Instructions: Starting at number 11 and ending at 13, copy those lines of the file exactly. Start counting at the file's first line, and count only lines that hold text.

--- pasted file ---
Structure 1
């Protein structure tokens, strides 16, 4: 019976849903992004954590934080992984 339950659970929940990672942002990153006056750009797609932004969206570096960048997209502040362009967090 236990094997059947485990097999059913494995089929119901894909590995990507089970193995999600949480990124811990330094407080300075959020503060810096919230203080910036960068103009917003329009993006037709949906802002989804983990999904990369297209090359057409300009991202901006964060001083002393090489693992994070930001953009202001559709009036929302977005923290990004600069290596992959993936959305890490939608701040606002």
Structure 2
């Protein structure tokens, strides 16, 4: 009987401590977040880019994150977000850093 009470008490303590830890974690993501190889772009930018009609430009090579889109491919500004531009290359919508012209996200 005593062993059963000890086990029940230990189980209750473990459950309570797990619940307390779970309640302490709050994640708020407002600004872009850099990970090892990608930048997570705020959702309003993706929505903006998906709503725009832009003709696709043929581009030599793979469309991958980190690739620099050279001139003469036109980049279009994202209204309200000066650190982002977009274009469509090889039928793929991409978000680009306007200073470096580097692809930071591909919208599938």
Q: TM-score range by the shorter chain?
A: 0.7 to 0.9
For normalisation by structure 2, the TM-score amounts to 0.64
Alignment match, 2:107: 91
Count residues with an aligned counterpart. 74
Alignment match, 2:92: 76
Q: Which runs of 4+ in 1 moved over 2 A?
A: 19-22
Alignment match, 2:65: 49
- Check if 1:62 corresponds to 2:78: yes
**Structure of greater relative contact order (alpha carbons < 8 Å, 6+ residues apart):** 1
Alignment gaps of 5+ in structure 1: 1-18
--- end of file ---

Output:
Q: Which runs of 4+ in 1 moved over 2 A?
A: 19-22
Alignment match, 2:65: 49